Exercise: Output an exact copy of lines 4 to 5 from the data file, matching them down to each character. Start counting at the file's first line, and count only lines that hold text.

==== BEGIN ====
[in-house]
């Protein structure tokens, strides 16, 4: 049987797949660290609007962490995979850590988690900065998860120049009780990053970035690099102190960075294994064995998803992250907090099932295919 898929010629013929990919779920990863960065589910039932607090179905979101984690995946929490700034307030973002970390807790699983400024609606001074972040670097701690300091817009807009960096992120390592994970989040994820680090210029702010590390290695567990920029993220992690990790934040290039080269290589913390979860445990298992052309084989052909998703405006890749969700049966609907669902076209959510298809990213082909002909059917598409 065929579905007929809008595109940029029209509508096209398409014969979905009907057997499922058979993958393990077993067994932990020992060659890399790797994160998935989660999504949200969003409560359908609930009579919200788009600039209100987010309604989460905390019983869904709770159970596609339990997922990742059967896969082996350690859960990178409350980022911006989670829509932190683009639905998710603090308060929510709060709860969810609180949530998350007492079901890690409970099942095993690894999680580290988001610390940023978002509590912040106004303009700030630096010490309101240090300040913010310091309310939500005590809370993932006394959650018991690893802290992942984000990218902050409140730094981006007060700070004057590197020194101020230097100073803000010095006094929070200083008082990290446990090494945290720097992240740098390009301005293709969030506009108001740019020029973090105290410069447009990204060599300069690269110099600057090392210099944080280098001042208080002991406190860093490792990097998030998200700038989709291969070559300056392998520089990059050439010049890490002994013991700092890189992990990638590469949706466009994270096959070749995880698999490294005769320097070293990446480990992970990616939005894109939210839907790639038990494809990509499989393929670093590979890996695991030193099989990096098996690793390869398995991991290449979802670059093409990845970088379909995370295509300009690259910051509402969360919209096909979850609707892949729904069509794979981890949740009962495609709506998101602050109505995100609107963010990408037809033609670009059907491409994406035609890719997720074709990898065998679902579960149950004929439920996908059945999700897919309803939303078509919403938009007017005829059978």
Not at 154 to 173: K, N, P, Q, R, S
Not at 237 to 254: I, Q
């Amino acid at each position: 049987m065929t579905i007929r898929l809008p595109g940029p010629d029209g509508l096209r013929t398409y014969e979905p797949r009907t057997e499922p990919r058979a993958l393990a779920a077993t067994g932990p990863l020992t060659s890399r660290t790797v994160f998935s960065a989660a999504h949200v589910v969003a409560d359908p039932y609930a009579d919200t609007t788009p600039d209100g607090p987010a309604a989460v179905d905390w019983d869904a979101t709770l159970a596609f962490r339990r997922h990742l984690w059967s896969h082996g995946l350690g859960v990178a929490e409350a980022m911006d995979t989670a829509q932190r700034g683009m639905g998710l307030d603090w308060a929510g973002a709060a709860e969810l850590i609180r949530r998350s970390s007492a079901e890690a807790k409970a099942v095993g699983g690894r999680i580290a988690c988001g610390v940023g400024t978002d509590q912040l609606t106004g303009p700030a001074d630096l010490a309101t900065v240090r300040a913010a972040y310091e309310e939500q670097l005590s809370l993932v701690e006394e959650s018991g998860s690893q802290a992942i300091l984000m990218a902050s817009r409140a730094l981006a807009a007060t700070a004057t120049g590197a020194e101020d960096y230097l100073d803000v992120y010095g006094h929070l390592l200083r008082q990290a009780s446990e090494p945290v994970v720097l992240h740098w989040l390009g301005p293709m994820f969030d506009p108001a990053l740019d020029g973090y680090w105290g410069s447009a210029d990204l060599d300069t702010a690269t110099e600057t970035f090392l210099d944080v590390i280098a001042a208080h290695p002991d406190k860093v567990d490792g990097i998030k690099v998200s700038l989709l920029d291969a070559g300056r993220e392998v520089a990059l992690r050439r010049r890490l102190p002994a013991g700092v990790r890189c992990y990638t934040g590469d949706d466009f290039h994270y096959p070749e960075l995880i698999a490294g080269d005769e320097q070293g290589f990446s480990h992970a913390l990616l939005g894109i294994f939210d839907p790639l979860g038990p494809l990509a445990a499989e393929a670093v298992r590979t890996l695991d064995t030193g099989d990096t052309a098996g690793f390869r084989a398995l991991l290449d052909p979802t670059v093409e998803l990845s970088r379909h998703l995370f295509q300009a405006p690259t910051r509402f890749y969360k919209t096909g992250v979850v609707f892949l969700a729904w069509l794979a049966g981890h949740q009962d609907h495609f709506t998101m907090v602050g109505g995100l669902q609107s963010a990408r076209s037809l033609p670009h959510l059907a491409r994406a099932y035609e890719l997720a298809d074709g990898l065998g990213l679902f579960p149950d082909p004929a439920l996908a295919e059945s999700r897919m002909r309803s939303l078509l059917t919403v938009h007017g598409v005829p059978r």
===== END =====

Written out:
Not at 237 to 254: I, Q
């Amino acid at each position: 049987m065929t579905i007929r898929l809008p595109g940029p010629d029209g509508l096209r013929t398409y014969e979905p797949r009907t057997e499922p990919r058979a993958l393990a779920a077993t067994g932990p990863l020992t060659s890399r660290t790797v994160f998935s960065a989660a999504h949200v589910v969003a409560d359908p039932y609930a009579d919200t609007t788009p600039d209100g607090p987010a309604a989460v179905d905390w019983d869904a979101t709770l159970a596609f962490r339990r997922h990742l984690w059967s896969h082996g995946l350690g859960v990178a929490e409350a980022m911006d995979t989670a829509q932190r700034g683009m639905g998710l307030d603090w308060a929510g973002a709060a709860e969810l850590i609180r949530r998350s970390s007492a079901e890690a807790k409970a099942v095993g699983g690894r999680i580290a988690c988001g610390v940023g400024t978002d509590q912040l609606t106004g303009p700030a001074d630096l010490a309101t900065v240090r300040a913010a972040y310091e309310e939500q670097l005590s809370l993932v701690e006394e959650s018991g998860s690893q802290a992942i300091l984000m990218a902050s817009r409140a730094l981006a807009a007060t700070a004057t120049g590197a020194e101020d960096y230097l100073d803000v992120y010095g006094h929070l390592l200083r008082q990290a009780s446990e090494p945290v994970v720097l992240h740098w989040l390009g301005p293709m994820f969030d506009p108001a990053l740019d020029g973090y680090w105290g410069s447009a210029d990204l060599d300069t702010a690269t110099e600057t970035f090392l210099d944080v590390i280098a001042a208080h290695p002991d406190k860093v567990d490792g990097i998030k690099v998200s700038l989709l920029d291969a070559g300056r993220e392998v520089a990059l992690r050439r010049r890490l102190p002994a013991g700092v990790r890189c992990y990638t934040g590469d949706d466009f290039h994270y096959p070749e960075l995880i698999a490294g080269d005769e320097q070293g290589f990446s480990h992970a913390l990616l939005g894109i294994f939210d839907p790639l979860g038990p494809l990509a445990a499989e393929a670093v298992r590979t890996l695991d064995t030193g099989d990096t052309a098996g690793f390869r084989a398995l991991l290449d052909p979802t670059v093409e998803l990845s970088r379909h998703l995370f295509q300009a405006p690259t910051r509402f890749y969360k919209t096909g992250v979850v609707f892949l969700a729904w069509l794979a049966g981890h949740q009962d609907h495609f709506t998101m907090v602050g109505g995100l669902q609107s963010a990408r076209s037809l033609p670009h959510l059907a491409r994406a099932y035609e890719l997720a298809d074709g990898l065998g990213l679902f579960p149950d082909p004929a439920l996908a295919e059945s999700r897919m002909r309803s939303l078509l059917t919403v938009h007017g598409v005829p059978r």